I've never understood the concept of "beach reads," which suggests that readers put their brains on hold for the summer and prefer books with obvious plots and stock characters. Not me. And this summer has so many imaginative picks that it is with great reluctance that I named only five on "AM NW" this morning. But they're all good ones, guaranteed.
1. “The Passage,” by Justin Cronin. It would be impossible to sum up this 766-page futuristic thriller on a bumper sticker, but here’s trying: WAR ON TERROR MEETS THE VAMPIRES. It starts with a strange race of bloodsuckers found deep in the Amazon jungle. Some devious brainiac hatches a plan to take them north as part of a covert U.S. government program. Leapin’ lizards! The lid pops off and they become their own biological weapon, inflicting mass destruction. The last great hope lies in the special powers of one young girl who takes refuge in the woods of western Oregon.
2. “Mr. Peanut,” by Adam Ross. While we’re on the subject of death: Here’s another novel that tackles the theme, but it’s set in the present and revolves around dangers of a more domestic variety. A man – the title character – is accused of killing his wife, and with good reason: He’s a video game creator who has fantasized about doing so a few too many times. The detectives on the case also have their own dark histories in the husband arena. “Seinfeld” fans, unite! There’s humor and the truth in this kooky look at the dark side of wedded bliss.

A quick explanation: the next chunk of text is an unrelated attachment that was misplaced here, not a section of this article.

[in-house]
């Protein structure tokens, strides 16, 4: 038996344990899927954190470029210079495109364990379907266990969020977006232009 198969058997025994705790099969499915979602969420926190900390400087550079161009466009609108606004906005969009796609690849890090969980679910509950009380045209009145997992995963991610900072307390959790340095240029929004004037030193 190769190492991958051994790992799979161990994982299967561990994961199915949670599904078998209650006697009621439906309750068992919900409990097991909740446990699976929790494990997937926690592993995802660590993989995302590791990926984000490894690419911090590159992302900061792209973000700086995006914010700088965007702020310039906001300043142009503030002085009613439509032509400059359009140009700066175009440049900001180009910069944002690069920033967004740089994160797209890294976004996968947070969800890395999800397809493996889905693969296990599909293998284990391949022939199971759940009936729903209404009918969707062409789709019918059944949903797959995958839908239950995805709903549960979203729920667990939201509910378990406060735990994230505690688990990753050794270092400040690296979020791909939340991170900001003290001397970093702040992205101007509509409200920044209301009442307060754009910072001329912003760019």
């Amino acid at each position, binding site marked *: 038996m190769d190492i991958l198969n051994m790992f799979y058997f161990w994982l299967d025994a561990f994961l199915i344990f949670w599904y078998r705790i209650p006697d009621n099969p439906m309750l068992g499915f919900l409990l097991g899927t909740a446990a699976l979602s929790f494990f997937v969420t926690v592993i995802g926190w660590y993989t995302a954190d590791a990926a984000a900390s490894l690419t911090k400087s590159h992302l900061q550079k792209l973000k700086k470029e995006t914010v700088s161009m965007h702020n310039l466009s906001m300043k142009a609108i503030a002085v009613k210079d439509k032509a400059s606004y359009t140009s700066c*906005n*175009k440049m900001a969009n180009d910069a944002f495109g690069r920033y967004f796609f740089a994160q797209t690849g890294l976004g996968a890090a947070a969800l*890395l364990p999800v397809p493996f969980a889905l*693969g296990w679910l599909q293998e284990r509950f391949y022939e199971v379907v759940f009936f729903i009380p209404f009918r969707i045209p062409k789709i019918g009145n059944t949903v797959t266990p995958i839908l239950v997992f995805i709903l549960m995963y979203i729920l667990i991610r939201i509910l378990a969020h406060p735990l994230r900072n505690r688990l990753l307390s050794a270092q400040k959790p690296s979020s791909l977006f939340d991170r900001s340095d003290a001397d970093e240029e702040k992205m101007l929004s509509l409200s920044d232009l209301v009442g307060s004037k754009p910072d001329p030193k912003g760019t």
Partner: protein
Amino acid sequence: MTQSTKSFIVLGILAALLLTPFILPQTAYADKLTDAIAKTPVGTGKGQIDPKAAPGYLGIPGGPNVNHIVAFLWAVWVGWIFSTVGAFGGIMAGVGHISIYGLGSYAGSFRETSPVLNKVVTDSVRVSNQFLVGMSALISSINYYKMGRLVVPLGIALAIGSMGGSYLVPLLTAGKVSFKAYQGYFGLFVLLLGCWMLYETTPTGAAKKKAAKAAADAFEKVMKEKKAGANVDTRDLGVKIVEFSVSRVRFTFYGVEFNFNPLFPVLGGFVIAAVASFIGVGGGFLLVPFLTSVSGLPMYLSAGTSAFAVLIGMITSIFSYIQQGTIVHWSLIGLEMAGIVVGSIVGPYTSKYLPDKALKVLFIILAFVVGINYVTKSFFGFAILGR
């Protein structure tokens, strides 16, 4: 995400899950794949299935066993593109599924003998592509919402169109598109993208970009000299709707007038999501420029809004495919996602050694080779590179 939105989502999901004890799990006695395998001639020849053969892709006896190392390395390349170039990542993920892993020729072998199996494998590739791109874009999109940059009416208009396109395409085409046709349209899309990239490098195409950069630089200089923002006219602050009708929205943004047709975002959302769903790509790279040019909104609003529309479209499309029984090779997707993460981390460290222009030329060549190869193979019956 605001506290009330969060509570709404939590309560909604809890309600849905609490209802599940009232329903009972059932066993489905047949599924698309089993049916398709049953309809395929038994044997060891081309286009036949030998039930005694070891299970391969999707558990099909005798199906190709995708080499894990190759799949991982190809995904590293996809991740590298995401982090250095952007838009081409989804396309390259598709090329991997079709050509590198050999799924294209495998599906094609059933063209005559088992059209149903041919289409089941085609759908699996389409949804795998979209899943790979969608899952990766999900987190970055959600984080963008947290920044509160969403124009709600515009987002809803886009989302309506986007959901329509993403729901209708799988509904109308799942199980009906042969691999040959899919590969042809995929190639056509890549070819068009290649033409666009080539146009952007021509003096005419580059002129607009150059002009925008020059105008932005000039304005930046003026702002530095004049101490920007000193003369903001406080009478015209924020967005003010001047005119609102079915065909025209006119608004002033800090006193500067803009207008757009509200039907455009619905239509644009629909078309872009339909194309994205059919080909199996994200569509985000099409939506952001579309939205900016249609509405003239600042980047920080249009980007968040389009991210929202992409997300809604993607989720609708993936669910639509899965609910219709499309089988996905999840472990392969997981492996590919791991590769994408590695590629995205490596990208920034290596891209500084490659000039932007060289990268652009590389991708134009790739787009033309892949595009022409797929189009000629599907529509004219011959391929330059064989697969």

3. “The Imperfectionists,” by Tom Rachman. Any media buff will adore this original and entertaining story of an English-language newspaper in Rome as its staff and freelancers struggle to survive in the Internet age. Each flawed character is a story in his or her own right, and collectively their tale shows how the sausage is made. Ugly, isn’t it? Media conspiracy theorists will rest easy, realizing that journalists could never be organized enough to conspire.
4. “The Cookbook Collector,” by Allegra Goodman. This isn’t a story about cooking but about what matters and what’s worth “collecting” as you go through life. Things, relationships, what?? The main characters are two sisters, one a slick high-tech exec, the other a grad student who works in an antiquarian bookstore. Goodman has been described as a modern-day Jane Austen, and this book is superb testimony that offers a lot of good discussion points for any book club.
5. “The Invisible Bridge,” by Julie Orringer.*** Another novel about the Holocaust? Yes, and this one’s a keeper. A young Hungarian Jew goes to Paris to make a name for himself as an architecture student in the 1930s. But the anti-Semitism infecting France takes its toll even before Hitler arrives. By the time Europe is in full-blown war, the promising student has seen a dramatic reversal in his fortunes. Orringer, borrowing from the story of her own grandfather, can’t explain why a whole race was targeted for extermination. But she uses her story to show how it happened: one small step at a time.
***My No. 1 pick!